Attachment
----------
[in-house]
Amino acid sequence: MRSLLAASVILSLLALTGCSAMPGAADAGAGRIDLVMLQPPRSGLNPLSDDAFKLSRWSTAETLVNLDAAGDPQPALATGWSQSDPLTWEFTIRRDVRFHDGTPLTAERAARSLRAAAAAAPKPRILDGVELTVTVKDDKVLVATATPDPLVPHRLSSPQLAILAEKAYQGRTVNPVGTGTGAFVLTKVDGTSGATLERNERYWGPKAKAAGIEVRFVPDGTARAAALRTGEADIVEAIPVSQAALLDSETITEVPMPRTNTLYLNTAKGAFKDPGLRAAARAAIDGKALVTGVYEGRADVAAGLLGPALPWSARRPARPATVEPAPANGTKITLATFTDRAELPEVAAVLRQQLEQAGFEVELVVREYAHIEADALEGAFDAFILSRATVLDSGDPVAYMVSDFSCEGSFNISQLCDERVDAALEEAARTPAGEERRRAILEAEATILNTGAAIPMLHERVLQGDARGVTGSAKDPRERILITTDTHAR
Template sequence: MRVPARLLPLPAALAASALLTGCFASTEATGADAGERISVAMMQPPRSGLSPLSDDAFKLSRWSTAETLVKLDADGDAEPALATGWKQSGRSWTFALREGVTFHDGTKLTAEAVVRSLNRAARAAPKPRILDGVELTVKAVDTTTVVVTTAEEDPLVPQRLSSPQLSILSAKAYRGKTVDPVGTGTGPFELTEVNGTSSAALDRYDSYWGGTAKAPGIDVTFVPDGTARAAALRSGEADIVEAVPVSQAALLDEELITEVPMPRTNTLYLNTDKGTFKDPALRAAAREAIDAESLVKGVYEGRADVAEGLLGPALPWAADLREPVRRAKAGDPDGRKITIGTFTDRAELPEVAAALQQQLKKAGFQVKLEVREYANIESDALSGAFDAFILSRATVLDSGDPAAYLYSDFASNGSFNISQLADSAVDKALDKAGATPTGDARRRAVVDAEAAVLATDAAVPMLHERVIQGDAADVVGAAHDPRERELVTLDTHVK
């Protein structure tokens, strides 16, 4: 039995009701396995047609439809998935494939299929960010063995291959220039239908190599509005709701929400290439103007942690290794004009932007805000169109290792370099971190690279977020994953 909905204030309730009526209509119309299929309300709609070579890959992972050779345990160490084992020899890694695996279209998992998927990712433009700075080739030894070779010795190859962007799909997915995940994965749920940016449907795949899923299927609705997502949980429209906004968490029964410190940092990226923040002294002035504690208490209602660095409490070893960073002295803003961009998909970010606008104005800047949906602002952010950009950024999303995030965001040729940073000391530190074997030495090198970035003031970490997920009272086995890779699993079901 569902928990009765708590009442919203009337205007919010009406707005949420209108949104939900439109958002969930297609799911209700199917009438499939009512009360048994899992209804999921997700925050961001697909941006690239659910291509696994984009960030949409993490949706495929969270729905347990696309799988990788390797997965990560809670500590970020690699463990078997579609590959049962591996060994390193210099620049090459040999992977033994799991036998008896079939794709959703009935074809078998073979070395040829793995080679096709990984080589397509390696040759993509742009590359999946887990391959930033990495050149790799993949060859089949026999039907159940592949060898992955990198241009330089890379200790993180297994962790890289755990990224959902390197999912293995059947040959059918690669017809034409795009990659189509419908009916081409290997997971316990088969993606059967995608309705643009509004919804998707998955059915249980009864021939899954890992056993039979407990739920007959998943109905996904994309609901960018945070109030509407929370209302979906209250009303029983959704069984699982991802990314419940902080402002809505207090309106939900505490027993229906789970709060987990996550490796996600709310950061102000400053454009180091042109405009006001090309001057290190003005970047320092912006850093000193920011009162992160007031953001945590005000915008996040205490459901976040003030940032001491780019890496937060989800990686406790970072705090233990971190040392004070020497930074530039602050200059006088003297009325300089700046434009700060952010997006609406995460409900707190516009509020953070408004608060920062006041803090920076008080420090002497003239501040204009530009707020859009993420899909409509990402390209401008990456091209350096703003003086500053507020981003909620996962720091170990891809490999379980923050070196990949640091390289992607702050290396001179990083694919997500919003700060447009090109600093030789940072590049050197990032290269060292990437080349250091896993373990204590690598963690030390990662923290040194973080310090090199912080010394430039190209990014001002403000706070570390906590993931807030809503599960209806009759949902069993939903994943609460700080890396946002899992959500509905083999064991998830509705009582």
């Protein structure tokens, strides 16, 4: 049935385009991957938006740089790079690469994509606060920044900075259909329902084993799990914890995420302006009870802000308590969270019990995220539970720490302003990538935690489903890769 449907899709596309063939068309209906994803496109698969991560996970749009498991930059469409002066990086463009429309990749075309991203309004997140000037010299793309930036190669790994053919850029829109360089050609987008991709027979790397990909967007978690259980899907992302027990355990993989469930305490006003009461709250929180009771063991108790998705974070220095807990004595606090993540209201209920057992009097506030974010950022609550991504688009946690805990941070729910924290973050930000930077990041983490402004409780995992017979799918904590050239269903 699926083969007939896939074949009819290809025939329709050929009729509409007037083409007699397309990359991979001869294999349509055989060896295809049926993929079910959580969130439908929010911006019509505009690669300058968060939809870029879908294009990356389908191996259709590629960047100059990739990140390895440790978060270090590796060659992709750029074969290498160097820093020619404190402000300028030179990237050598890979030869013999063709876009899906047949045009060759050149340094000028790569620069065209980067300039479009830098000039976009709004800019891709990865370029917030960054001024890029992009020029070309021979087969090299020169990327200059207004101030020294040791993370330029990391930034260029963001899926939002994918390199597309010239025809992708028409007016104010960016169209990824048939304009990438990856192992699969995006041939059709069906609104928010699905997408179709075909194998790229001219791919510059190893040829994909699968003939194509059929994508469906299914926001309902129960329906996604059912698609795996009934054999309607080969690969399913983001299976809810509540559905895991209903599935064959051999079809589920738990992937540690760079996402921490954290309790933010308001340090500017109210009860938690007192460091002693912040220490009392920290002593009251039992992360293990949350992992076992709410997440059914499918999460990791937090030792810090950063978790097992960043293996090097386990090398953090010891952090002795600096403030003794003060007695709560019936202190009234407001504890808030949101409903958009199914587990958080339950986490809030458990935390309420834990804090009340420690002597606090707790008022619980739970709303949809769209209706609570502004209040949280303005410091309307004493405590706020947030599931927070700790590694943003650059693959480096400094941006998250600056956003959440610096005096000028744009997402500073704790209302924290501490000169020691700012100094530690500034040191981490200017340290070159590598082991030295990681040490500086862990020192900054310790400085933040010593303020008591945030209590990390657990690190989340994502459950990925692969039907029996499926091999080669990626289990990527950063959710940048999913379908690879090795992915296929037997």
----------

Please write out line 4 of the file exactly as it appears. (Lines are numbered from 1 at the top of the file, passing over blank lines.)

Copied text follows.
């Protein structure tokens, strides 16, 4: 039995009701396995047609439809998935494939299929960010063995291959220039239908190599509005709701929400290439103007942690290794004009932007805000169109290792370099971190690279977020994953 909905204030309730009526209509119309299929309300709609070579890959992972050779345990160490084992020899890694695996279209998992998927990712433009700075080739030894070779010795190859962007799909997915995940994965749920940016449907795949899923299927609705997502949980429209906004968490029964410190940092990226923040002294002035504690208490209602660095409490070893960073002295803003961009998909970010606008104005800047949906602002952010950009950024999303995030965001040729940073000391530190074997030495090198970035003031970490997920009272086995890779699993079901 569902928990009765708590009442919203009337205007919010009406707005949420209108949104939900439109958002969930297609799911209700199917009438499939009512009360048994899992209804999921997700925050961001697909941006690239659910291509696994984009960030949409993490949706495929969270729905347990696309799988990788390797997965990560809670500590970020690699463990078997579609590959049962591996060994390193210099620049090459040999992977033994799991036998008896079939794709959703009935074809078998073979070395040829793995080679096709990984080589397509390696040759993509742009590359999946887990391959930033990495050149790799993949060859089949026999039907159940592949060898992955990198241009330089890379200790993180297994962790890289755990990224959902390197999912293995059947040959059918690669017809034409795009990659189509419908009916081409290997997971316990088969993606059967995608309705643009509004919804998707998955059915249980009864021939899954890992056993039979407990739920007959998943109905996904994309609901960018945070109030509407929370209302979906209250009303029983959704069984699982991802990314419940902080402002809505207090309106939900505490027993229906789970709060987990996550490796996600709310950061102000400053454009180091042109405009006001090309001057290190003005970047320092912006850093000193920011009162992160007031953001945590005000915008996040205490459901976040003030940032001491780019890496937060989800990686406790970072705090233990971190040392004070020497930074530039602050200059006088003297009325300089700046434009700060952010997006609406995460409900707190516009509020953070408004608060920062006041803090920076008080420090002497003239501040204009530009707020859009993420899909409509990402390209401008990456091209350096703003003086500053507020981003909620996962720091170990891809490999379980923050070196990949640091390289992607702050290396001179990083694919997500919003700060447009090109600093030789940072590049050197990032290269060292990437080349250091896993373990204590690598963690030390990662923290040194973080310090090199912080010394430039190209990014001002403000706070570390906590993931807030809503599960209806009759949902069993939903994943609460700080890396946002899992959500509905083999064991998830509705009582």